Recipe_Venison_Tartare_CAPT

Ingredients

1 to 1 1/2 pounds Hudson Valley Grade A duck foie gras
1 3/4 pounds venison stew meat, sinew and tendons removed, if any
2 tablespoons red onion, finely chopped
1/2 teaspoon red wine vinegar
1 teaspoon Dijon mustard
2 tablespoons fresh chives, finely minced
1/2 teaspoon Aleppo chile pepper
2 tablespoons extra-virgin olive oil
Smoked salt
Coarsely-ground black pepper
1 teaspoon capers, coarsely chopped
1 loaf country-style bread, sliced 1 inch thick

Preparation

1. Preheat oven to 375 degrees F. Season the foie gras with salt and pepper. Place the foie gras in a small roasting pan or ovenproof sauté pan that is slightly larger than the size of the foie. Roast for 25 to 30 minutes, until the liver has browned and the flesh is firm to the touch. Reserve the fat that has rendered from the foie gras and let the lobe cool in the refrigerator until ready for use.

2. While the lobe of foie gras is cooling, put the venison through the meat grinder on a 1/4 inch cutting die. Grind the meat into a cold bowl, then cover with plastic wrap and place in the refrigerator. Once the meat is cold again, dice the cooled foie gras into 1/4 inch pieces then add to the bowl with the meat. Add remaining ingredients and mix gently. Taste the mixture and adjust the seasoning with salt and pepper then mound onto cold plates to be served. Slather the slices of grilled bread with foie gras fat and grill both sides, serving 2 pieces per person with a few extra for folks who need more.

Recipe_Venison_Spoonbread_CAPT

Ingredients

1 frenched venison ribrack, cut into 4 double chops
1 tablespoon olive oil
Salt
Coarsely-ground black pepper
1 pound red radishes
1/2 cup sugar
1 container veal demi-glace, diluted in 1 cup of water
4 tablespoons unsalted butter
1 duck leg confit
4 eggs
1 pint heavy cream
8 ounces brioche, cut into small pieces

Preparation

1. For the spoonbread: Preheat oven to 325 degrees F. In a bowl, combine duck confit, eggs, heavy cream, and brioche. Stir gently until bread is evenly saturated. Season with salt and pepper. Place in an 8×8″ baking dish. Bake for 45 minutes or until set.

2. For the radishes: In a medium saucepot over medium heat combine radishes, sugar, and diluted demi-glace. Bring to a simmer. Cover and cook until the radishes are tender. Strain the radishes out and reduce the liquid until thick and syrupy. Stir in the butter. Keep warm until ready to use.

3. Season the venison on both sides with the salt and pepper. In a large sauté pan over medium high heat add the oil and sear the Cervena on both sides to get a good crust. Cook until medium rare, about 4 minutes on each side. Allow to rest on a cutting board for at least 5 minutes before plating.
Spoon some of the spoon bread on each plate, add radishes and venison chop. Drizzle with the radish reduction.

Recipe_Risotto_Con_Cervo_HomeMedium

Ingredients

2 ounces dried porcini mushrooms
1/2 cup olive oil
1 onion, minced
1/2 cup minced ventrèche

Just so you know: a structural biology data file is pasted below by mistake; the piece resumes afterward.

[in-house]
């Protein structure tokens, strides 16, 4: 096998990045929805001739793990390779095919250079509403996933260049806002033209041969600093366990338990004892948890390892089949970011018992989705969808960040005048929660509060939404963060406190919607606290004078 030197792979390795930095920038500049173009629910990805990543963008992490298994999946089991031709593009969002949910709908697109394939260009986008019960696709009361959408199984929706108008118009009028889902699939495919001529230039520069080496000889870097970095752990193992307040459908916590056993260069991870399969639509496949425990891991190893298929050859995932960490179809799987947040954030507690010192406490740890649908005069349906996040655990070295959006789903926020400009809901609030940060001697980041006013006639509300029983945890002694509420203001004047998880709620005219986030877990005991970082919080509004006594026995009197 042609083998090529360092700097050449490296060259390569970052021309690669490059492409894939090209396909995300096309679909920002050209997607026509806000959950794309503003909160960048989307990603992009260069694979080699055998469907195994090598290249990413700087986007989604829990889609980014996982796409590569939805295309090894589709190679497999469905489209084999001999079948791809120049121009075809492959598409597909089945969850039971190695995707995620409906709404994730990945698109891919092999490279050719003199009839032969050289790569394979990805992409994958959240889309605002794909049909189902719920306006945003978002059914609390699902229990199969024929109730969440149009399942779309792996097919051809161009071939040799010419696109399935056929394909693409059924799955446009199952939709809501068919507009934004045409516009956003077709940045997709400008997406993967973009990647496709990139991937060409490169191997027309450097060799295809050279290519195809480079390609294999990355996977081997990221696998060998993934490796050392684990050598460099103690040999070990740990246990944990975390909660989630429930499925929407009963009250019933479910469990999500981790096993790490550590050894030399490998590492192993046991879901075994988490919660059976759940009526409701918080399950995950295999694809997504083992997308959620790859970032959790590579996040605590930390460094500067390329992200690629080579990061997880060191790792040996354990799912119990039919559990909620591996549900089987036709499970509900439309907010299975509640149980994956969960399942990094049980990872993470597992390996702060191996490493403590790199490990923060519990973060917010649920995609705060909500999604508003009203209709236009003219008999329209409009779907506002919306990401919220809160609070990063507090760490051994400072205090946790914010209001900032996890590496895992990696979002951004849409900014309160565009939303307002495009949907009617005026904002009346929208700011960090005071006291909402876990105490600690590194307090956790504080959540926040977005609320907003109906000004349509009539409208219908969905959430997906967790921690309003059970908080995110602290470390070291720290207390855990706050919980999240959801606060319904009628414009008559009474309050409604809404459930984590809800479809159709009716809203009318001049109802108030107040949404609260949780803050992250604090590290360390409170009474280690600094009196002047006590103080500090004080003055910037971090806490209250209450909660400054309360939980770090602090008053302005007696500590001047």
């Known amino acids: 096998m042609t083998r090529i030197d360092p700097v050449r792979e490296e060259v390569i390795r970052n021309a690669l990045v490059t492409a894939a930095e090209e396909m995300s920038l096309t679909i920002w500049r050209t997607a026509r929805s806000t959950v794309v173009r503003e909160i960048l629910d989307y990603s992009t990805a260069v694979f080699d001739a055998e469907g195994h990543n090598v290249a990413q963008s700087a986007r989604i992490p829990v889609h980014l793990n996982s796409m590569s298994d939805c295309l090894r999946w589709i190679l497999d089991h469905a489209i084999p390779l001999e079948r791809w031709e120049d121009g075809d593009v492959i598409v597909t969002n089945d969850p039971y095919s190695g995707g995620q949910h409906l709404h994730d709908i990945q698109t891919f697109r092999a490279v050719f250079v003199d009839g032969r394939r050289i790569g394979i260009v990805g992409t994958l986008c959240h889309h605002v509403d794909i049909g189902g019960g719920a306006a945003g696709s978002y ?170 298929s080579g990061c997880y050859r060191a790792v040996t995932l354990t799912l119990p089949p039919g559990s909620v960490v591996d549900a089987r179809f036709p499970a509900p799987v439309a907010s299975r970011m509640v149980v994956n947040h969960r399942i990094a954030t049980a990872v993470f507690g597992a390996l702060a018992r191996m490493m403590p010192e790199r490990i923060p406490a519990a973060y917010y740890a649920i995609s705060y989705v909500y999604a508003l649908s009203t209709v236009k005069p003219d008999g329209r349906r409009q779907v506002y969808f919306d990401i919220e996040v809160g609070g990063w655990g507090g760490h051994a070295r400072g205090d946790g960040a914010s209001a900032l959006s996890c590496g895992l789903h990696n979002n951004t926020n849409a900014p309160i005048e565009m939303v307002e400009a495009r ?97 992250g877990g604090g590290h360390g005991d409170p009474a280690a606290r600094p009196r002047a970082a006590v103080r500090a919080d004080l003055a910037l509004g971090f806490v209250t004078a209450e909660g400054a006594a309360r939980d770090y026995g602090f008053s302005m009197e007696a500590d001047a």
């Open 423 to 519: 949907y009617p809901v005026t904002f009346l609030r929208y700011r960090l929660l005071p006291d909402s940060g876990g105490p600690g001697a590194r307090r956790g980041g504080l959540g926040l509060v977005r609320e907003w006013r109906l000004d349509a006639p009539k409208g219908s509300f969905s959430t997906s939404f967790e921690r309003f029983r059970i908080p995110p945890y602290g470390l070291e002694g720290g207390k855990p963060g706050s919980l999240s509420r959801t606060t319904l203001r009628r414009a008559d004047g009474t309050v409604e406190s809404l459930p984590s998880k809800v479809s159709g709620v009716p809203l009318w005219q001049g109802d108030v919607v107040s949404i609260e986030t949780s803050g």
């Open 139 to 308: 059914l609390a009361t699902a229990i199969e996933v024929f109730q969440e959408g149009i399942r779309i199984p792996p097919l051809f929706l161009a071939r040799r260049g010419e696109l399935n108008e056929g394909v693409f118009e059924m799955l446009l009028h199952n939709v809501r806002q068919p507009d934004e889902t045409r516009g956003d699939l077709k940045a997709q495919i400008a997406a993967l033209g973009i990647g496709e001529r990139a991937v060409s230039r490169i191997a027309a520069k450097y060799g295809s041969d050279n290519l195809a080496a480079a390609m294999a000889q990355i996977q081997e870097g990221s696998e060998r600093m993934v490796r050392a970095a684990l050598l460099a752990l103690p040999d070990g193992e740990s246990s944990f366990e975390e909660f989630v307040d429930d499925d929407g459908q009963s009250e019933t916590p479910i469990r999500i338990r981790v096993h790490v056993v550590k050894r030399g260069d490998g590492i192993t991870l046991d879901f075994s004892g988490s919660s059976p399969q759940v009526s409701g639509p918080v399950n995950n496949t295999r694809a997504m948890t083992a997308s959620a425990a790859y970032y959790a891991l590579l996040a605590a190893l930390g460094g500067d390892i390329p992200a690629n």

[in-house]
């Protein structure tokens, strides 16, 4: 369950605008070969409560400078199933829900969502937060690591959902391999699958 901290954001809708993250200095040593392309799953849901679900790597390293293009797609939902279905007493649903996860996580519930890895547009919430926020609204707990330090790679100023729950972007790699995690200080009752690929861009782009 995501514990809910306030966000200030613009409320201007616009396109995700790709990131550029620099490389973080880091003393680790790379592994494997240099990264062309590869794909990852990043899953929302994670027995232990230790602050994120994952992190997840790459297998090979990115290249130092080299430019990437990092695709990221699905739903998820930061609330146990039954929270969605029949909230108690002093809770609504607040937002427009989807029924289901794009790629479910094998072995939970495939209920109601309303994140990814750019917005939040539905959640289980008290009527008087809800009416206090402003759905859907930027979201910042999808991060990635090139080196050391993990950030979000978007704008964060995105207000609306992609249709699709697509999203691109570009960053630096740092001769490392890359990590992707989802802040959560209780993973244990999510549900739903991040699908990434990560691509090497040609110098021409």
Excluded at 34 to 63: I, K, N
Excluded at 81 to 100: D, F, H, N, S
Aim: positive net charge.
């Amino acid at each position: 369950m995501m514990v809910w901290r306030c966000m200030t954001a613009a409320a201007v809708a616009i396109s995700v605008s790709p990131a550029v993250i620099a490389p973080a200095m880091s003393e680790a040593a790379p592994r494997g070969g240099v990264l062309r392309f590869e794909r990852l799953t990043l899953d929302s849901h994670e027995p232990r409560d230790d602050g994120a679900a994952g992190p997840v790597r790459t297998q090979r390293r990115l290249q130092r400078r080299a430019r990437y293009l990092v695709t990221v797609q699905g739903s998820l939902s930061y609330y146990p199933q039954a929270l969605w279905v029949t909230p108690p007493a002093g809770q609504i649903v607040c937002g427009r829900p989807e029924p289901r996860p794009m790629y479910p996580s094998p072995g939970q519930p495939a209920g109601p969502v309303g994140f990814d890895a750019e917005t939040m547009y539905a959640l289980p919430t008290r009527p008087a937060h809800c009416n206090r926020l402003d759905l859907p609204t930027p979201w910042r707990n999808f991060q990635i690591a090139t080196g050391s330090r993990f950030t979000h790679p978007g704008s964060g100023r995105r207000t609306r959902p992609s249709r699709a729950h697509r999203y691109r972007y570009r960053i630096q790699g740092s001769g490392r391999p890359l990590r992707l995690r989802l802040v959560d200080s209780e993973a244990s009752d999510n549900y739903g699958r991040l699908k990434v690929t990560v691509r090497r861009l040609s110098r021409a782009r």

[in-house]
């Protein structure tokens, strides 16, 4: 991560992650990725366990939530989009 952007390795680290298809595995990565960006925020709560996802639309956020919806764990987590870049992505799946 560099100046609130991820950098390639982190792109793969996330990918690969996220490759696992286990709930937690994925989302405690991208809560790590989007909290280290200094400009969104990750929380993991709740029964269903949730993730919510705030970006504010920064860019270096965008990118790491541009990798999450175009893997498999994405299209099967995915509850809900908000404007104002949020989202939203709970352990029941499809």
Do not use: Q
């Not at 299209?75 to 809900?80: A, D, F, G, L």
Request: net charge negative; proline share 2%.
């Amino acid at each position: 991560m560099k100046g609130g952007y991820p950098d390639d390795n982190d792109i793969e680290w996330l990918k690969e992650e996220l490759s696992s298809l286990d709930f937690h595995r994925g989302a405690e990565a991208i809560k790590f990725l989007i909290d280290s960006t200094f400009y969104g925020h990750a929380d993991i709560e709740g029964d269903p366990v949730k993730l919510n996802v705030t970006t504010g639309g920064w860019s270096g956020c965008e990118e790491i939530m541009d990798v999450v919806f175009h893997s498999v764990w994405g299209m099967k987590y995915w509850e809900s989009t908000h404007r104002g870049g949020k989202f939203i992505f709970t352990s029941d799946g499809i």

Salt and freshly ground black pepper, to taste
2 pounds venison tenderloin, cut into 1-inch cubes
2 bay leaves
1 sprig fresh rosemary + small sprigs to garnish, if desired
2 whole cloves
1/2 cup dry red wine, preferably Barolo
2 tablespoons tomato paste
2 quarts chicken stock, reserving 6 cups for risotto
1 shallot, minced
2 cups Arborio rice
1/2 cup dry white wine
2 tablespoons unsalted butter, cut into small pieces
1/2 cup freshly grated Parmigiano-Reggiano

Preparation

1. Soak porcini in 2 cups of hot water until softened, about 20 minutes.

2. Meanwhile, heat half of the olive oil in a large casserole over medium-high heat. Add all but 2 tablespoons of the onions and all of the ventreche to the pan, and sauté until golden, about 8 minutes. Season lightly with salt and pepper, add the venison, and cook until all the meat liquids have evaporated, about 15 minutes.

3. Pick out porcini and chop them coarsely, reserving the liquid except for the last 2 tablespoons of gritty sediment. Add porcini to casserole, along with bay leaves, rosemary, cloves, and red wine, and cook, stirring, for 5 minutes, until the wine has nearly evaporated.

4. Stir in tomato paste and seasoning lightly with salt and pepper. Add chicken stock slowly, except for reserved 6 cups, and reserved mushroom liquid, bring to a boil, then reduce heat to medium-low, and simmer, partially covered until meat is tender, and the sauce is thickened, about 1½ hours.

5. Remove bay leaves and rosemary, adjust seasoning, and set aside. Recipe may be made several days in advance, covered, and refrigerated. Warm before continuing.

6. Heat the remaining 6 cups of chicken stock and keep warm. Heat remaining olive oil in a medium casserole over medium-high heat. Add the reserved 2 tablespoons of onion and the shallot, and sauté until golden. Stir in rice, turning to coat with oil. Pour in white wine, stir well, and add ½ cup of the hot stock, and season with about a teaspoon of salt.